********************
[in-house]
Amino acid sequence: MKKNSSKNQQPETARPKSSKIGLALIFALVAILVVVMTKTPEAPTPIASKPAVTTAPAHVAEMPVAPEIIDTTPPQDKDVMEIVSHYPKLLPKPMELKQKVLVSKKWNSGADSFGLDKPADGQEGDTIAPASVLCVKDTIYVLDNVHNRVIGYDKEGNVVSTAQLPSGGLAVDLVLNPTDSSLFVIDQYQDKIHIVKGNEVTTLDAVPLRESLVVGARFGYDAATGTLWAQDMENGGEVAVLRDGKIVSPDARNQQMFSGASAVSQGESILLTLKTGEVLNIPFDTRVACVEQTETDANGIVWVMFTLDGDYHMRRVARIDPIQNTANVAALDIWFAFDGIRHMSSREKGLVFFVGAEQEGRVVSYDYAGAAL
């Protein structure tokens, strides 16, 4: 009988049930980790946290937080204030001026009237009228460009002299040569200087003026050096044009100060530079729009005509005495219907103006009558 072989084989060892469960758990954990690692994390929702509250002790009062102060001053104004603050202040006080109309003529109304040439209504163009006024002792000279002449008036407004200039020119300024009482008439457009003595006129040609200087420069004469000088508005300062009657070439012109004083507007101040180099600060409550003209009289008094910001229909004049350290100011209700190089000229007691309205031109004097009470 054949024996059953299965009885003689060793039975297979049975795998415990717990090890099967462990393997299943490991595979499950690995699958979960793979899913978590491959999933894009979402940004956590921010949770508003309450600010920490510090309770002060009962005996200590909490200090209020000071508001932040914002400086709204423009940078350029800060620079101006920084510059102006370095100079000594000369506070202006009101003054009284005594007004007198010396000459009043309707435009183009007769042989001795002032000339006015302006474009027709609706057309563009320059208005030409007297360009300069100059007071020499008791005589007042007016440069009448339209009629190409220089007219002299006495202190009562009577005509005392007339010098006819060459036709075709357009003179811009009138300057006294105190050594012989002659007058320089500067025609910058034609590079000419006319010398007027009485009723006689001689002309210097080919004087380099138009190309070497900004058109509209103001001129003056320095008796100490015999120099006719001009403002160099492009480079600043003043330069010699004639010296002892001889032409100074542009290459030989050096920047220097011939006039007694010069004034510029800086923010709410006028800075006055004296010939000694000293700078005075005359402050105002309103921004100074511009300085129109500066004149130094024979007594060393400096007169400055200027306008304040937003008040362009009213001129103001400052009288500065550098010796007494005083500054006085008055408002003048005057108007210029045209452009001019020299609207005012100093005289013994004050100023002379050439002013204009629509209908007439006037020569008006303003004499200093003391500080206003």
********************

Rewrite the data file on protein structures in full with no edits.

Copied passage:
[in-house]
Amino acid sequence: MKKNSSKNQQPETARPKSSKIGLALIFALVAILVVVMTKTPEAPTPIASKPAVTTAPAHVAEMPVAPEIIDTTPPQDKDVMEIVSHYPKLLPKPMELKQKVLVSKKWNSGADSFGLDKPADGQEGDTIAPASVLCVKDTIYVLDNVHNRVIGYDKEGNVVSTAQLPSGGLAVDLVLNPTDSSLFVIDQYQDKIHIVKGNEVTTLDAVPLRESLVVGARFGYDAATGTLWAQDMENGGEVAVLRDGKIVSPDARNQQMFSGASAVSQGESILLTLKTGEVLNIPFDTRVACVEQTETDANGIVWVMFTLDGDYHMRRVARIDPIQNTANVAALDIWFAFDGIRHMSSREKGLVFFVGAEQEGRVVSYDYAGAAL
């Protein structure tokens, strides 16, 4: 009988049930980790946290937080204030001026009237009228460009002299040569200087003026050096044009100060530079729009005509005495219907103006009558 072989084989060892469960758990954990690692994390929702509250002790009062102060001053104004603050202040006080109309003529109304040439209504163009006024002792000279002449008036407004200039020119300024009482008439457009003595006129040609200087420069004469000088508005300062009657070439012109004083507007101040180099600060409550003209009289008094910001229909004049350290100011209700190089000229007691309205031109004097009470 054949024996059953299965009885003689060793039975297979049975795998415990717990090890099967462990393997299943490991595979499950690995699958979960793979899913978590491959999933894009979402940004956590921010949770508003309450600010920490510090309770002060009962005996200590909490200090209020000071508001932040914002400086709204423009940078350029800060620079101006920084510059102006370095100079000594000369506070202006009101003054009284005594007004007198010396000459009043309707435009183009007769042989001795002032000339006015302006474009027709609706057309563009320059208005030409007297360009300069100059007071020499008791005589007042007016440069009448339209009629190409220089007219002299006495202190009562009577005509005392007339010098006819060459036709075709357009003179811009009138300057006294105190050594012989002659007058320089500067025609910058034609590079000419006319010398007027009485009723006689001689002309210097080919004087380099138009190309070497900004058109509209103001001129003056320095008796100490015999120099006719001009403002160099492009480079600043003043330069010699004639010296002892001889032409100074542009290459030989050096920047220097011939006039007694010069004034510029800086923010709410006028800075006055004296010939000694000293700078005075005359402050105002309103921004100074511009300085129109500066004149130094024979007594060393400096007169400055200027306008304040937003008040362009009213001129103001400052009288500065550098010796007494005083500054006085008055408002003048005057108007210029045209452009001019020299609207005012100093005289013994004050100023002379050439002013204009629509209908007439006037020569008006303003004499200093003391500080206003």